BACKGROUND: In most cases, T790M EGFR-positive NSCLC patients receiving osimertinib developed "non-drugable" progression, as the patients with common EGFR-sensitizing mutations were treated with first-line osimertinib. In both settings, chemotherapy represents the standard treatment and local ablative treatments (LATs) are potential useful options in the case of oligo-progression.
METHODS: We conducted a study on "post-progression" (pp) outcomes of T790M EGFR-positive NSCLC patients treated with osimertinib, according to the therapeutic strategy applied: osimertinib beyond progression (± LATs), "switched therapies" or best supportive care only (BSC).
RESULTS: 144 consecutive patients were evaluated: 53 (36.8%) did not received post-progression treatments (BSC), while 91 (63.2%) patients received at least 1 subsequent treatment; 50 patients (54.9%) received osimertinib beyond disease progression [19 (20.9%) of them with adjunctive LATs] and 41 (45.1%) a switched therapy. Median ppPFS (progression-free survival) and median ppOS (overall survival) of patients who received osimertinib beyond progression vs. switched therapies were 6.4 months vs. 4.7 months, respectively [HR 0.57 (95% CI 0.35-0.92), p = 0.0239] and 11.3 months vs 7.8 months, respectively [HR 0.57 (95% CI 0.33-0.98), p = 0.0446]. Among patients who received osimertinib beyond progression with and without LATs median ppPFS was 6.4 months and 5.7 months, respectively [HR 0.90 (95% CI 0.68-1.18), p = 0.4560], while median ppOS was 20.2 months and 9.9 months, respectively [HR 0.73 (95% CI 0.52-1.03), p = 0.0748]. At the univariate analysis, the only factor significantly related to the ppPFS was the therapeutic strategy in favor of osimertinib beyond progression (± LATs). Moreover, the only variable which was significantly related to ppOS at the multivariate analysis was osimertinib beyond progression (± LATs).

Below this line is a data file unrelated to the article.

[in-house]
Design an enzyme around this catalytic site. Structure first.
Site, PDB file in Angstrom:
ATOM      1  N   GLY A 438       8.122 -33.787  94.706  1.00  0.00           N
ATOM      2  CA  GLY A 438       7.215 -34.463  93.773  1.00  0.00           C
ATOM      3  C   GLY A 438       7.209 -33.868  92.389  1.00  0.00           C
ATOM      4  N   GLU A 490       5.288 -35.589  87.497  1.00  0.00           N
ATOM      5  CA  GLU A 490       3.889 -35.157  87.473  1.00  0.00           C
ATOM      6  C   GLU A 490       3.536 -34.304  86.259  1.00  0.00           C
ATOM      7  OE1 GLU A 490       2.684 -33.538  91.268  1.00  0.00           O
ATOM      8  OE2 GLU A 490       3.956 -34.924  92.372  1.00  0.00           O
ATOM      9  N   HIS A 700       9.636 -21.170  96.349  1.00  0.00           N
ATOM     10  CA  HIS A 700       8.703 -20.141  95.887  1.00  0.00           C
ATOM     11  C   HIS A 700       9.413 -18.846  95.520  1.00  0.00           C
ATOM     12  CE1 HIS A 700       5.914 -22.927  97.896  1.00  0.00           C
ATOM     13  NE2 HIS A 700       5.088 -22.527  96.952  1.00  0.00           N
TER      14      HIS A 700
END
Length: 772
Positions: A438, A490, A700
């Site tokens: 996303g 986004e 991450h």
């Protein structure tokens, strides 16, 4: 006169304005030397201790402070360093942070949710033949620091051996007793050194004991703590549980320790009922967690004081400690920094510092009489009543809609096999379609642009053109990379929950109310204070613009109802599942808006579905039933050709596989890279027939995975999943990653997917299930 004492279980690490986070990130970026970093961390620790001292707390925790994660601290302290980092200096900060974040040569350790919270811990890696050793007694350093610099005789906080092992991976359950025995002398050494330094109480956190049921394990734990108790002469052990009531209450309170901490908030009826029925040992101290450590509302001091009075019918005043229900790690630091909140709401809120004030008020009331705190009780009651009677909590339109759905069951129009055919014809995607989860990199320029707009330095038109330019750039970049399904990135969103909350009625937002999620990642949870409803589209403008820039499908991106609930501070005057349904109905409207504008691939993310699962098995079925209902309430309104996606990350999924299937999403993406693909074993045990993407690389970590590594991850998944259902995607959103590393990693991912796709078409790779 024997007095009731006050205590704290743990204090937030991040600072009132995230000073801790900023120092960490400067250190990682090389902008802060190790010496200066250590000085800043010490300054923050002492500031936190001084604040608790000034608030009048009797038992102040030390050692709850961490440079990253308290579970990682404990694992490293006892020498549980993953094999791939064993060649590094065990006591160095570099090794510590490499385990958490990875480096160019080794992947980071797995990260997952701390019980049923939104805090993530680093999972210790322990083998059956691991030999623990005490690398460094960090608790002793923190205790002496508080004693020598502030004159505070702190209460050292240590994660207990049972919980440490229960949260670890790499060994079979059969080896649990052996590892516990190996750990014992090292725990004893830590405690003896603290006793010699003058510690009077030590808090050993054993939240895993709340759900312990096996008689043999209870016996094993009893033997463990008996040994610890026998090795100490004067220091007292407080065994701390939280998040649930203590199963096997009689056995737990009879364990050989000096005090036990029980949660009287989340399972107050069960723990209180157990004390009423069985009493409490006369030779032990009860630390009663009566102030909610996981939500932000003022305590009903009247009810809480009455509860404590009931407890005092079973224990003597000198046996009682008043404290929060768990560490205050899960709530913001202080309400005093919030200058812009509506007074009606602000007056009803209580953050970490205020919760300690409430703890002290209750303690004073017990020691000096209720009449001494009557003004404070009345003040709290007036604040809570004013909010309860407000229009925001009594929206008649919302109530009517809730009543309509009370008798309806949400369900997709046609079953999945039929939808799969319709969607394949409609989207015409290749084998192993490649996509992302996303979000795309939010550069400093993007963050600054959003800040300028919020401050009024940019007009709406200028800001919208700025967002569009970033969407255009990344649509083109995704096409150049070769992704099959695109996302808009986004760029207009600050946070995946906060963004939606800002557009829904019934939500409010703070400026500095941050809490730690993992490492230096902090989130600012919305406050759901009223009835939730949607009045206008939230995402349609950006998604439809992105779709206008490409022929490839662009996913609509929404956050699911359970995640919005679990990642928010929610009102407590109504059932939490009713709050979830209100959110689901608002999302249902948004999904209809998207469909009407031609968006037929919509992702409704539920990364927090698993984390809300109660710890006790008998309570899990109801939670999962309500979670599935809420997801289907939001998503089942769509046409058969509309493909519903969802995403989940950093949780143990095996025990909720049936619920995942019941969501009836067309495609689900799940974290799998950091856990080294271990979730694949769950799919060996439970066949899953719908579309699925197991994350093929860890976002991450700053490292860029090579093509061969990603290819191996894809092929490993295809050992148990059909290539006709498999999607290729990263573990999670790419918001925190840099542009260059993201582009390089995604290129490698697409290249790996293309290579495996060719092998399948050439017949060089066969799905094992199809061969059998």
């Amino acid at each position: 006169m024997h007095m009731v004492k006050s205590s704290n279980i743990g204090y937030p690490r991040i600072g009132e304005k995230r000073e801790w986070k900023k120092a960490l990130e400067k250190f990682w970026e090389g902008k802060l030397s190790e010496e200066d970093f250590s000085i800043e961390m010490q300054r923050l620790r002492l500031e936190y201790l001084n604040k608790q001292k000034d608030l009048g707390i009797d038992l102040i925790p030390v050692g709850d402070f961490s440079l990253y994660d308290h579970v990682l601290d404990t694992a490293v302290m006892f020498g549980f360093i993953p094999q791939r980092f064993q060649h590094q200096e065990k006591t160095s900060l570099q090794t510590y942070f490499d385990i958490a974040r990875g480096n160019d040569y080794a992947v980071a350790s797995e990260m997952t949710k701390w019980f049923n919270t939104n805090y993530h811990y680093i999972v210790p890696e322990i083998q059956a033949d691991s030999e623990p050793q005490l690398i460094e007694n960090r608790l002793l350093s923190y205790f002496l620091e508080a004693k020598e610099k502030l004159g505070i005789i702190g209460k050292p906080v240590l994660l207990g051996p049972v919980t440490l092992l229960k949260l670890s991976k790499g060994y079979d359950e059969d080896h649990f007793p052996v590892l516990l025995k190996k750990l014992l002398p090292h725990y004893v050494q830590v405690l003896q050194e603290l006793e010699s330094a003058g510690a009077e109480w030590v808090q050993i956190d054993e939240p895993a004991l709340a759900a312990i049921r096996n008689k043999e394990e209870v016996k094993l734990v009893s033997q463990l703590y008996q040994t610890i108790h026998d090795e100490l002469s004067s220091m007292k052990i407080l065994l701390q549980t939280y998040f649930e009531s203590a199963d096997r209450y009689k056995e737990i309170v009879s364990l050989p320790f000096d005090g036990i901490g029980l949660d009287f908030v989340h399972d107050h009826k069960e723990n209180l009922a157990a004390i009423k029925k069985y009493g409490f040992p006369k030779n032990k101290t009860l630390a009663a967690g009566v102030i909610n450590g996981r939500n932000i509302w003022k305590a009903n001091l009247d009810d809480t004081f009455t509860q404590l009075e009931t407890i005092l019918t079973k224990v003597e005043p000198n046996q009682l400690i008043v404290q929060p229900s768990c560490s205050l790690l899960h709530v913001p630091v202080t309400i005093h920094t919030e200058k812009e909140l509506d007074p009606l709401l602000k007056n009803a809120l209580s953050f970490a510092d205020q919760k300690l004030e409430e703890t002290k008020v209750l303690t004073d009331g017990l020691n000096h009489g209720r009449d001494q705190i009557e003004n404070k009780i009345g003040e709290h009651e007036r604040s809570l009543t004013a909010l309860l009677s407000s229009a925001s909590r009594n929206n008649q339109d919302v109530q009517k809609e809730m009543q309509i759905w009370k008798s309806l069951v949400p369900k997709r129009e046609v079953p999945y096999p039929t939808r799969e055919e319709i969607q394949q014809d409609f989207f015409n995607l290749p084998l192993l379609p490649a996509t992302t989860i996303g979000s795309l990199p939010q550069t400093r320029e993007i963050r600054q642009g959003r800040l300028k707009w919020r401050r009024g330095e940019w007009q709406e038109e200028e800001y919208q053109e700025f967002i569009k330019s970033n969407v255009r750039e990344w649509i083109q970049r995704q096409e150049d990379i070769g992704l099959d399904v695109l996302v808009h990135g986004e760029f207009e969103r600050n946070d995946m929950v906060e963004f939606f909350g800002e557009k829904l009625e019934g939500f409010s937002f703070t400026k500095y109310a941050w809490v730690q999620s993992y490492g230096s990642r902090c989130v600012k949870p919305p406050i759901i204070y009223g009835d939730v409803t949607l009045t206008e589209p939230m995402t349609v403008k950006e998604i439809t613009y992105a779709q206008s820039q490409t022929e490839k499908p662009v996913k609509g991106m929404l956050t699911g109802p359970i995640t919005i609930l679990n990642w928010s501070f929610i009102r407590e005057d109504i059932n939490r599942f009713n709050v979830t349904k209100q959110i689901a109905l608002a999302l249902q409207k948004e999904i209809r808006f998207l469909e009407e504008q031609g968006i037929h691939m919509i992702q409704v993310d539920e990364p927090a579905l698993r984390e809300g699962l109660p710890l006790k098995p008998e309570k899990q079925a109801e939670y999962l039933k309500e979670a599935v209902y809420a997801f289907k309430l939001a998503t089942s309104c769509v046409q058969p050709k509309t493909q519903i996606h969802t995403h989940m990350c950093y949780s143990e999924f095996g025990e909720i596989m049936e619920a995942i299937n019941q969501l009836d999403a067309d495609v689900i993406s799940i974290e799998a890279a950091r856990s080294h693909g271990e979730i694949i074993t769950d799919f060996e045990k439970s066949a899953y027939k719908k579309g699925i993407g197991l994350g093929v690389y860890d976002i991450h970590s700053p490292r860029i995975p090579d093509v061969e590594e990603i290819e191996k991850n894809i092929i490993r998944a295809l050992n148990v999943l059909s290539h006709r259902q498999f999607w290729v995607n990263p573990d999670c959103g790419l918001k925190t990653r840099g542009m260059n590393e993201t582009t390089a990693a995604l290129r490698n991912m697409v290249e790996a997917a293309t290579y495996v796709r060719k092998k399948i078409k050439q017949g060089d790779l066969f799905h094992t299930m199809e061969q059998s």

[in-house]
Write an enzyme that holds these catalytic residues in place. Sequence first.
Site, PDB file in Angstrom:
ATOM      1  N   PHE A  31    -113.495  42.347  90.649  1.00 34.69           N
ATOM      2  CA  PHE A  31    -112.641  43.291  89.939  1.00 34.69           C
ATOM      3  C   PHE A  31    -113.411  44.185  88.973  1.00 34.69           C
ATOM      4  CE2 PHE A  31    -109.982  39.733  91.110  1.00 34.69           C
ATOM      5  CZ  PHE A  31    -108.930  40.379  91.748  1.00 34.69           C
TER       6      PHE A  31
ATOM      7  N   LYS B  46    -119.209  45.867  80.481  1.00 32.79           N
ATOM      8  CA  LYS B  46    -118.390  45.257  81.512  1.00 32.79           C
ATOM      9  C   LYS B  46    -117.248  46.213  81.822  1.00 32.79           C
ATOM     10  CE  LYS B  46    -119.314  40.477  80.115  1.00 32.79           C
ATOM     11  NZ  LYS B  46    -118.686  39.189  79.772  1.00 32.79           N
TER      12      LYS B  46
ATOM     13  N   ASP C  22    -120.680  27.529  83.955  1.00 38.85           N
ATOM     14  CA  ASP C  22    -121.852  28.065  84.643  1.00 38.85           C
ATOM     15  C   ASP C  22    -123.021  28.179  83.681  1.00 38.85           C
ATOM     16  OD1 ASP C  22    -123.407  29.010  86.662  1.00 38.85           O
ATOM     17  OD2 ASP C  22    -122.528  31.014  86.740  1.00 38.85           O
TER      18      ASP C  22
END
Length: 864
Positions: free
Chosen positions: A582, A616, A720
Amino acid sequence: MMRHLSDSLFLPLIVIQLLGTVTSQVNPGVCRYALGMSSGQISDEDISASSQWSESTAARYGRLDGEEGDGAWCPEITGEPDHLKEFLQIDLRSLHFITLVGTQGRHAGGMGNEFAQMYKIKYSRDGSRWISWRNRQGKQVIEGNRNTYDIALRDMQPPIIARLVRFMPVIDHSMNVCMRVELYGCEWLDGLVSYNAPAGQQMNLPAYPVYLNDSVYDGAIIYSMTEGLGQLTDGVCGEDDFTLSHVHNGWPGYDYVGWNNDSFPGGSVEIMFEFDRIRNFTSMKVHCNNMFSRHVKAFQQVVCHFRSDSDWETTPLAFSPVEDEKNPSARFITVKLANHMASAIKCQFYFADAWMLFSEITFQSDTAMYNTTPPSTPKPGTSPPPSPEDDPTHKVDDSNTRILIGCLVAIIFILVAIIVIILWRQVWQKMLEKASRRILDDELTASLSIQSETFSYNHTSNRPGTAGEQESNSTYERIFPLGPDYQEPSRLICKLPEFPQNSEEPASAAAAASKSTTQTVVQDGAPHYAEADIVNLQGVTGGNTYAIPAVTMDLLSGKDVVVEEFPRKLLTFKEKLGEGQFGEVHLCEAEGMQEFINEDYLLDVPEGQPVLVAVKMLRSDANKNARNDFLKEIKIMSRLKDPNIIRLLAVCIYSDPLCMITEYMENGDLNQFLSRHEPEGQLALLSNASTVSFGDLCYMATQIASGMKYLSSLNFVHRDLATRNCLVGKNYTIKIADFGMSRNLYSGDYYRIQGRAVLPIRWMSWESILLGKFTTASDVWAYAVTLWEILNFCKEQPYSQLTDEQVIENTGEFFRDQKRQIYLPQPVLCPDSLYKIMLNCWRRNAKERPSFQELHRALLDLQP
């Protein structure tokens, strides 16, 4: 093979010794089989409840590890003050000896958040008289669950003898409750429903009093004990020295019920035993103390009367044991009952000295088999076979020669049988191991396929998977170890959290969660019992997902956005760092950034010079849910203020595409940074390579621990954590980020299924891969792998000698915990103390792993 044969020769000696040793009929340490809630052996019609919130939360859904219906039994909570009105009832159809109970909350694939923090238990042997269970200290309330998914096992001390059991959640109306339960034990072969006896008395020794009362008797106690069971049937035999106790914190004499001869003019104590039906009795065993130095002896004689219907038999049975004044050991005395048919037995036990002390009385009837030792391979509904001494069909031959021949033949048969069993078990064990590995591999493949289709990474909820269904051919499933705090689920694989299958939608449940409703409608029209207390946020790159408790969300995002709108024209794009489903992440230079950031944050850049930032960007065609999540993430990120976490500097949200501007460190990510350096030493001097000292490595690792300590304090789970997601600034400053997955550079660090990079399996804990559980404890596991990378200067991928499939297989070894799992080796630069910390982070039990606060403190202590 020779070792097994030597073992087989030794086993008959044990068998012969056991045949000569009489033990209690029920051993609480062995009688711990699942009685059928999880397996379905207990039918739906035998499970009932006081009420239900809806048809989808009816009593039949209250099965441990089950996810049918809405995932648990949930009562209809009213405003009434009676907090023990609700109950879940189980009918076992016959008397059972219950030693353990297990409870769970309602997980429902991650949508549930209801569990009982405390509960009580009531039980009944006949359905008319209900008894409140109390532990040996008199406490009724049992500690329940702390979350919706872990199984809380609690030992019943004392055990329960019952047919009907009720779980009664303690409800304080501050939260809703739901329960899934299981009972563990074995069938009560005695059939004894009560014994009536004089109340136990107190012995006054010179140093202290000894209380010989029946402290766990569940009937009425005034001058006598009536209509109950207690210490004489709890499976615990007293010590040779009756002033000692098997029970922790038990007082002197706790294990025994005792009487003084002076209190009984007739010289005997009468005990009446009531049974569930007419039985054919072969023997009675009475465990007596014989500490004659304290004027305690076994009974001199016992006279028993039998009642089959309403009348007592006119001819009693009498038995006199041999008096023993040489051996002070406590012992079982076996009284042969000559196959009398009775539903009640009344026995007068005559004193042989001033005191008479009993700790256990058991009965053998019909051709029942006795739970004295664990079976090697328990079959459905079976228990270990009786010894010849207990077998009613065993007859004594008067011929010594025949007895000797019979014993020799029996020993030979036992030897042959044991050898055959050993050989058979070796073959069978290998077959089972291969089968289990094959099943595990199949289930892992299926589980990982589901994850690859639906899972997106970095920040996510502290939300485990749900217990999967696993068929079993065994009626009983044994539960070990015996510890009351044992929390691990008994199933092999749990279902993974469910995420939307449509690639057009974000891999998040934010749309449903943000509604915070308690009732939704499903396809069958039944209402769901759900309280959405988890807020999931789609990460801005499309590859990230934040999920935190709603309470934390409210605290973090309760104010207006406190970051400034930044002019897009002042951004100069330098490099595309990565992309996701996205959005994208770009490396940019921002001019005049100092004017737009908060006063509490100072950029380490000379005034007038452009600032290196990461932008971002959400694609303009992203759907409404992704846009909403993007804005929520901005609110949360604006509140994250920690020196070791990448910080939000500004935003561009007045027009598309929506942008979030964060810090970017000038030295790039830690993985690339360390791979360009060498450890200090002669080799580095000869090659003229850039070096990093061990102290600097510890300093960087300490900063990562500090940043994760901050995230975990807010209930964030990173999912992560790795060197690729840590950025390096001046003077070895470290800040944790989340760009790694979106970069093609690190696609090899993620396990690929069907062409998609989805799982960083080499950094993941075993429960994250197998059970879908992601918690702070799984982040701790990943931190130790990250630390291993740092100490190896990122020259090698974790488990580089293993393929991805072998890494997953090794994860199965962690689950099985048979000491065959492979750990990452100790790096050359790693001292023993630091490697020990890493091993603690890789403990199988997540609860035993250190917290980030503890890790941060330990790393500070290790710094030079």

CONCLUSION: Our study confirmed that in clinical practice, in case of "non-druggable" disease progression, maintaining osimertinib beyond progression (with adjunctive LATs) is an effective option.